How do natural disasters affect the treatment of civilians by non-state actors? On the one hand, conflict literature argues that adverse shocks influence the strategic interplay between rebel groups and the government, potentially increasing the level of violence against civilians. On the other hand, sociological research on natural disasters argues that they increase social integration and cooperation and are thus expected to reduce the risk of violent behaviour. In this study, we contend that the dynamics of violence against civilians are different in the short term and long term after a disaster strikes. We argue that natural disasters lead to a decrease in violence against civilians perpetrated by rebel groups in the short run. However, over time this temporary improvement in social integration starts to decline, increasing the level of civilian victimization. To examine this potential temporal dynamic, we combine georeferenced information on one-sided violence (Armed Conflict Location & Event Data; ACLED) and data on disasters (Emergency Event Database; EM-DAT). Our results confirm the expected dynamic effects. This research has important implications for our understanding of how disasters can influence the relationship between civilians, rebel groups, and governments.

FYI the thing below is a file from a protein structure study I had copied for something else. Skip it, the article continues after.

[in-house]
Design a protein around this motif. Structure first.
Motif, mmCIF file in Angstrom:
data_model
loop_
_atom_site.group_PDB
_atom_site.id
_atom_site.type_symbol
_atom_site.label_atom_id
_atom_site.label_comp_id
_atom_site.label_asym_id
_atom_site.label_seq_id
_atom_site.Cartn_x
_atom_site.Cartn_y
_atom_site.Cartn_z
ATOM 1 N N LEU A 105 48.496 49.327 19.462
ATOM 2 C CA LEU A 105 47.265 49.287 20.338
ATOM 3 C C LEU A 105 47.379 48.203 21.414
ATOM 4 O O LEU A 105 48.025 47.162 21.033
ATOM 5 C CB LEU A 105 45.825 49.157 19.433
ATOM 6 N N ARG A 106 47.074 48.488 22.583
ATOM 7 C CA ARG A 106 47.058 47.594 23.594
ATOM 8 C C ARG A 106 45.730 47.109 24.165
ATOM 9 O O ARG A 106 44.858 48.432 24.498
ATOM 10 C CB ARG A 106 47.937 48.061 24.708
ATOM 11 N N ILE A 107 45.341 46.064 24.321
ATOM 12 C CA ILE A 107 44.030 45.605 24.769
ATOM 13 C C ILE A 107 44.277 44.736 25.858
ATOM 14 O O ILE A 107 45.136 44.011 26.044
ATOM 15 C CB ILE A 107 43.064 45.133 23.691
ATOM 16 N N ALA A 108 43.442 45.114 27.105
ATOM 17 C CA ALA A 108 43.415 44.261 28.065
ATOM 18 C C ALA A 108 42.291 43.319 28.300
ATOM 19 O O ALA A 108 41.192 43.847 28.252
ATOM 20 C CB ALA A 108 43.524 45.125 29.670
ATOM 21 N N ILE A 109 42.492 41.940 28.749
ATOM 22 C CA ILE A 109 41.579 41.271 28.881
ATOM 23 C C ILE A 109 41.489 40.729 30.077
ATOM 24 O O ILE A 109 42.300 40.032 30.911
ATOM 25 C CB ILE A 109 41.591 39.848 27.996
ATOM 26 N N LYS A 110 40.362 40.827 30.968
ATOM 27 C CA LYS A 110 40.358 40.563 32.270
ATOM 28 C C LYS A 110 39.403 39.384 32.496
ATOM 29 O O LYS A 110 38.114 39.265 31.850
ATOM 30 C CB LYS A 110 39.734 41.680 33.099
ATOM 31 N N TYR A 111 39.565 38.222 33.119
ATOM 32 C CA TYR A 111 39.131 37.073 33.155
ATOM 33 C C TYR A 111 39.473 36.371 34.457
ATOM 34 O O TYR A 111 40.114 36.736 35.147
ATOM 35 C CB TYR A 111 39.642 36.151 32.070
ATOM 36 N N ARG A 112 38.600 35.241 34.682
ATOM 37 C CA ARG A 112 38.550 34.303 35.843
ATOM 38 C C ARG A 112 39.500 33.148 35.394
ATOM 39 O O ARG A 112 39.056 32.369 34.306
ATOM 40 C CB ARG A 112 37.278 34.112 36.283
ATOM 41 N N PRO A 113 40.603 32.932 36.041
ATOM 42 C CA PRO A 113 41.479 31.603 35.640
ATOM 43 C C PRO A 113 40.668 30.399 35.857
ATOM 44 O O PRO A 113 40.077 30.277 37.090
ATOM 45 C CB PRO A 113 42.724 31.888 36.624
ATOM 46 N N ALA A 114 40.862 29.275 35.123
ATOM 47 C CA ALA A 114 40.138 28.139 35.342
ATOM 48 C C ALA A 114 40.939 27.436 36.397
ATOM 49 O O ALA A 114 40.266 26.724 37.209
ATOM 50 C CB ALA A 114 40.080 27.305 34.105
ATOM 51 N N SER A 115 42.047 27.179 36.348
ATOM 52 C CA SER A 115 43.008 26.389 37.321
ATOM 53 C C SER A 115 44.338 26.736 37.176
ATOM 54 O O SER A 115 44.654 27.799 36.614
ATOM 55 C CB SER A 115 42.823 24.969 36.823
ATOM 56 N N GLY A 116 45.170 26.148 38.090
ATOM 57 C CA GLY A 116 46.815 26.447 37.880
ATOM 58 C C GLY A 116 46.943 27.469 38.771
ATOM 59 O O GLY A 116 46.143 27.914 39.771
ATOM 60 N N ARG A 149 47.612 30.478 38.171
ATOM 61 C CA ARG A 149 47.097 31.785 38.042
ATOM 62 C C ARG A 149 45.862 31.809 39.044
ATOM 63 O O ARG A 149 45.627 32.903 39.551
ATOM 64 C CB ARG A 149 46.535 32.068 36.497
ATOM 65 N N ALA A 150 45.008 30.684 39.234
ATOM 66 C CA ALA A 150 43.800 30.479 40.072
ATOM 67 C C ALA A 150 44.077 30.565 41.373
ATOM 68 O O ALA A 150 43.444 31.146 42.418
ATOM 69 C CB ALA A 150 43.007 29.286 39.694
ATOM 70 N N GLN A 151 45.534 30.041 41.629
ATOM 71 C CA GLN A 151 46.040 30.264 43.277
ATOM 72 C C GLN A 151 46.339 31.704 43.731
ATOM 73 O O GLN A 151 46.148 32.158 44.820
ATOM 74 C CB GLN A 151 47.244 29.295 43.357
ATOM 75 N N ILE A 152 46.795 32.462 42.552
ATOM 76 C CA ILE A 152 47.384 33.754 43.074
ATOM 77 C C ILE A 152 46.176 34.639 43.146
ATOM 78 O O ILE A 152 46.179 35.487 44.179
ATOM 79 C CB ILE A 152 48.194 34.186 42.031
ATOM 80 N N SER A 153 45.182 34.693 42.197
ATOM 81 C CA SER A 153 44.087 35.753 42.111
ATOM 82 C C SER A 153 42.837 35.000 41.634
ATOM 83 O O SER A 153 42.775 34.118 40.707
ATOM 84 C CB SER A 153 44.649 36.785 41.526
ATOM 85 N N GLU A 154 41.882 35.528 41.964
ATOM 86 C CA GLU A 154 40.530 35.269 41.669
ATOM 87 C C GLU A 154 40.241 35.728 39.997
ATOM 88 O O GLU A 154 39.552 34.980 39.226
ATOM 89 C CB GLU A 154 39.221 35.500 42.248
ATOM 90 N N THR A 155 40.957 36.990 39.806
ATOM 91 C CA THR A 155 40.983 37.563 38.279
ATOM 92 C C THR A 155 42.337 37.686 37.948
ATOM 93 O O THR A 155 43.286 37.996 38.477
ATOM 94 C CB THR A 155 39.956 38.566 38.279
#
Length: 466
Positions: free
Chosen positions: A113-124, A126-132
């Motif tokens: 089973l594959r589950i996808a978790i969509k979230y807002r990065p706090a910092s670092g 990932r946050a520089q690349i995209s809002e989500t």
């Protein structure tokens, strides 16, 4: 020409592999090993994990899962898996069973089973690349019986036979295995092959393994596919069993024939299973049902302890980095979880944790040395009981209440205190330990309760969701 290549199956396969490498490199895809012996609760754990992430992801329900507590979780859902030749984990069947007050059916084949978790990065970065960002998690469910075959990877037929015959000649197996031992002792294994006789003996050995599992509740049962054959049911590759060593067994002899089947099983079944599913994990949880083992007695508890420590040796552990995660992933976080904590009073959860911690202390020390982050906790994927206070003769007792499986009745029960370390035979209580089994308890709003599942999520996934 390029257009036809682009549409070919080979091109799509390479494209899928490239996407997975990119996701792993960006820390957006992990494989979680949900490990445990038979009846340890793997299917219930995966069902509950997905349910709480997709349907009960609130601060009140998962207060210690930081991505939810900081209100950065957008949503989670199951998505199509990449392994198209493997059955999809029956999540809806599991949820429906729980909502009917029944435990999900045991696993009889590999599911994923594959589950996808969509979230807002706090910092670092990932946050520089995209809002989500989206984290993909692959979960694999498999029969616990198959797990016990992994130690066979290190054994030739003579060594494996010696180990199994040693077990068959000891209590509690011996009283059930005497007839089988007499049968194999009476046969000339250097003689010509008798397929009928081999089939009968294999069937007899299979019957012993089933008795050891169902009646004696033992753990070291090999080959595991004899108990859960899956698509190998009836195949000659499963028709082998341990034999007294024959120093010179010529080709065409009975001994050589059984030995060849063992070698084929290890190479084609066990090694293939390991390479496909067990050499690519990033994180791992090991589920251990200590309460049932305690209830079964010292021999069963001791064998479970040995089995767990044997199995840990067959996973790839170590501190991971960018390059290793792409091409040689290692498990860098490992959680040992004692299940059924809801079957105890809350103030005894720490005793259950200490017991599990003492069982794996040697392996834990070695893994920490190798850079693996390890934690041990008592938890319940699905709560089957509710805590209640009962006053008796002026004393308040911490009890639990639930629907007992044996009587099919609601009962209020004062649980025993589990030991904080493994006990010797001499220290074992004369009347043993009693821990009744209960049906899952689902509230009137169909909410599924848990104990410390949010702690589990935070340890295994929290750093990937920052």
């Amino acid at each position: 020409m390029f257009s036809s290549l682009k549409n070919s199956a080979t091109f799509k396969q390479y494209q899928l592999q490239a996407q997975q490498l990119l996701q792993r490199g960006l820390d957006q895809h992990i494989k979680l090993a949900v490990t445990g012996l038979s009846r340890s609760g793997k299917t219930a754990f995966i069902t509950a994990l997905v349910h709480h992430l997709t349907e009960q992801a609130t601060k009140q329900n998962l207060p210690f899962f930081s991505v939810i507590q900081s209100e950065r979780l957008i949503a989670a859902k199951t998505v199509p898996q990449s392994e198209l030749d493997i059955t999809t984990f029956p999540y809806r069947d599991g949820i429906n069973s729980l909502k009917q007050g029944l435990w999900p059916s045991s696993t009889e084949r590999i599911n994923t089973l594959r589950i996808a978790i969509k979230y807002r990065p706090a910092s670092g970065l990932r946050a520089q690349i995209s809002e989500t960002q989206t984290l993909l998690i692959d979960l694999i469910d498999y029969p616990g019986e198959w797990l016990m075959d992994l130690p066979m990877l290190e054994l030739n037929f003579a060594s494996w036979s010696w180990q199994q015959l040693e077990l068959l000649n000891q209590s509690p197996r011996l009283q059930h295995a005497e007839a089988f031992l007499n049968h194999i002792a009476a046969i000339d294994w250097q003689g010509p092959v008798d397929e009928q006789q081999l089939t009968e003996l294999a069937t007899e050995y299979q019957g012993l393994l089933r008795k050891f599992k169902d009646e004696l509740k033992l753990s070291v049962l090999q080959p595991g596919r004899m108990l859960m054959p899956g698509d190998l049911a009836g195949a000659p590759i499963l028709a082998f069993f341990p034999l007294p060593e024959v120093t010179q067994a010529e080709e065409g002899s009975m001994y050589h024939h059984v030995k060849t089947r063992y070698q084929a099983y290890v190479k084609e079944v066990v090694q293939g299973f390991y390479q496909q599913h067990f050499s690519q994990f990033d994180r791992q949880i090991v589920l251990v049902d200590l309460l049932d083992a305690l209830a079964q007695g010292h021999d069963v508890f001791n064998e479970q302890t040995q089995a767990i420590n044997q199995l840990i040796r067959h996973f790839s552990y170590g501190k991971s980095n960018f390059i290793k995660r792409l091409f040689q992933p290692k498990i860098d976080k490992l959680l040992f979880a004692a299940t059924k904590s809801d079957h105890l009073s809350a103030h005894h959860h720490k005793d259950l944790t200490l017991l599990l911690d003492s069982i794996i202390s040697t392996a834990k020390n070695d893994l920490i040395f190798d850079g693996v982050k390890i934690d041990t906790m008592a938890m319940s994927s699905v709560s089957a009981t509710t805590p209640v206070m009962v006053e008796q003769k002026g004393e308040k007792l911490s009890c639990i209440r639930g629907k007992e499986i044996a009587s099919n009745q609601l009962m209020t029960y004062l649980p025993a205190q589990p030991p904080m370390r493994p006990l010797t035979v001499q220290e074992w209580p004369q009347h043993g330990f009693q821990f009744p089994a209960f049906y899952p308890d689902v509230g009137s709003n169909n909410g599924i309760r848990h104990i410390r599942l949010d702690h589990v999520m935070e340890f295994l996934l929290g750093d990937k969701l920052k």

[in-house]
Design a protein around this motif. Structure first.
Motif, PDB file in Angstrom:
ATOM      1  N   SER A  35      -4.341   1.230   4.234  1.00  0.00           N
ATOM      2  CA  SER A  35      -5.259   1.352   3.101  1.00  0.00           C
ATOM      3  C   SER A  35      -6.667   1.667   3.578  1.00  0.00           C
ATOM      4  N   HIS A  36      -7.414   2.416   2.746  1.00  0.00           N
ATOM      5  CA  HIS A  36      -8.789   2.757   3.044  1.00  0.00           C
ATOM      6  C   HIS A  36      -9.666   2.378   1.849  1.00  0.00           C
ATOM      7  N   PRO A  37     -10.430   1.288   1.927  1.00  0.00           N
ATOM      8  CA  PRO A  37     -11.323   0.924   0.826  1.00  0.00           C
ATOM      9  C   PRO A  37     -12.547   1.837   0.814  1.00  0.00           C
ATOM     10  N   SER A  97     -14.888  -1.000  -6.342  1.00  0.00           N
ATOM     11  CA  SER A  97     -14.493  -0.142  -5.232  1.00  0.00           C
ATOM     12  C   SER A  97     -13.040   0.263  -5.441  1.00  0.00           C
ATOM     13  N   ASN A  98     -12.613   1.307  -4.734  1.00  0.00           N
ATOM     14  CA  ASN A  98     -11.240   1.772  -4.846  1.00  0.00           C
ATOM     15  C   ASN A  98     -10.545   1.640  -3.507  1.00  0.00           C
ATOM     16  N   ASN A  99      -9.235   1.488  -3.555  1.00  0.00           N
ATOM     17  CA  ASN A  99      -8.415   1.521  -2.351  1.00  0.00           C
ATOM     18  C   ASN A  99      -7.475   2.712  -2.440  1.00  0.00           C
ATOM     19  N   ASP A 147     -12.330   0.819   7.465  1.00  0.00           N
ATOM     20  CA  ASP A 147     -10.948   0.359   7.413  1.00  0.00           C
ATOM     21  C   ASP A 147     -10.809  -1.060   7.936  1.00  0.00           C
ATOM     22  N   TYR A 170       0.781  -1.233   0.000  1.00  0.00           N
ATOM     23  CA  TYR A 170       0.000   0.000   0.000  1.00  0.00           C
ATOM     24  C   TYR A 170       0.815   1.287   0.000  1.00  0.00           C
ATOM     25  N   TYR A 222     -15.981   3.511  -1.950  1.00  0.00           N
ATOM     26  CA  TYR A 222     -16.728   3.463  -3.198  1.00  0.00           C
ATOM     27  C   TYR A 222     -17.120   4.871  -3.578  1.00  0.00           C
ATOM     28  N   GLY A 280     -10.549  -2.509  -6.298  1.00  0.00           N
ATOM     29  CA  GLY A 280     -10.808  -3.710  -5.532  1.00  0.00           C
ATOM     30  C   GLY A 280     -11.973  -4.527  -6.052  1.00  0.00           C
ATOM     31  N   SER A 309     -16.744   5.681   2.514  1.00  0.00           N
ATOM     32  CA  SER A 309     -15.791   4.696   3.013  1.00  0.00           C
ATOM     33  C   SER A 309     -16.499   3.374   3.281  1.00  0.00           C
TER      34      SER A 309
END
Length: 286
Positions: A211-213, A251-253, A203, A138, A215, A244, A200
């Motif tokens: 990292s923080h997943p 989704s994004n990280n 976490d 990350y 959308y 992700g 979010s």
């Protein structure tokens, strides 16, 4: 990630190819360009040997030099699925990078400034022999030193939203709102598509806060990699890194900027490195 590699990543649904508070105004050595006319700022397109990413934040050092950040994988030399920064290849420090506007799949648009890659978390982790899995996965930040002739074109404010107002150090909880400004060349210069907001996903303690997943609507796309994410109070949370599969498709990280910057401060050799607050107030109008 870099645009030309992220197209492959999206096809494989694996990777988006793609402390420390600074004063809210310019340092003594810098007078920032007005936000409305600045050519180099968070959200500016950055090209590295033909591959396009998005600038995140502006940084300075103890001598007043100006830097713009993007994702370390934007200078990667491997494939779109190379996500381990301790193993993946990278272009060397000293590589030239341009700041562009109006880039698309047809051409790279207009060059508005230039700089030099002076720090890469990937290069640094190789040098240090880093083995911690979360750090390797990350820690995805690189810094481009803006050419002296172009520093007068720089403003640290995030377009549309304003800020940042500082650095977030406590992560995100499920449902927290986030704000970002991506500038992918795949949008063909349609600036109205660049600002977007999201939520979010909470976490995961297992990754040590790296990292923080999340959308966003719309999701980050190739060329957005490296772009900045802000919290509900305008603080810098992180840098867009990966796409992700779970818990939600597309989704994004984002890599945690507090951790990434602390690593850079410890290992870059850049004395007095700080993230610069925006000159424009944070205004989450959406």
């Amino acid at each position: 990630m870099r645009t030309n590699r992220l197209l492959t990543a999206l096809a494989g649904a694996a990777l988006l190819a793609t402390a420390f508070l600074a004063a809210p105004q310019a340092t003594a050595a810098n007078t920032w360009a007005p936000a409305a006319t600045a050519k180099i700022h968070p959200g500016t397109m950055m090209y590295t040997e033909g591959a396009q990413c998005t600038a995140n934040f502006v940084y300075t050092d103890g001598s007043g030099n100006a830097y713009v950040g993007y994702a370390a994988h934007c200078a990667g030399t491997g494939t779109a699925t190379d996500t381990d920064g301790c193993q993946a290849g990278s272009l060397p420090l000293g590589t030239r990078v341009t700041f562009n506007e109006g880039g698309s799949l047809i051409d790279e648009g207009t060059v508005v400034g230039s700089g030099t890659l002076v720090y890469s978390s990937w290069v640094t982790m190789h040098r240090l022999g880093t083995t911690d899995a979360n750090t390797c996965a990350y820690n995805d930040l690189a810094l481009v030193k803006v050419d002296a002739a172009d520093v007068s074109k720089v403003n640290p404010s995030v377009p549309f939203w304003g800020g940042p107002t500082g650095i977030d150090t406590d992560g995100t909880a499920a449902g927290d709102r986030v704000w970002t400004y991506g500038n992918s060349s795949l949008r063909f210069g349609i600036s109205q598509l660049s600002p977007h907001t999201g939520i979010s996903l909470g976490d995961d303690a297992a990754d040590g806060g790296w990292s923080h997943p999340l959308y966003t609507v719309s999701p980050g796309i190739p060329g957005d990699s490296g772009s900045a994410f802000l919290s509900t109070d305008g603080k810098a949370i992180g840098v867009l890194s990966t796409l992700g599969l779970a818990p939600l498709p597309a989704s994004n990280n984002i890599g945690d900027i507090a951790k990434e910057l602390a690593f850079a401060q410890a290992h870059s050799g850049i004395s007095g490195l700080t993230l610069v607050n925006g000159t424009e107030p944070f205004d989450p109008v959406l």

This was originally published on SAGE Publications Ltd: Journal of Peace Research: Table of Contents.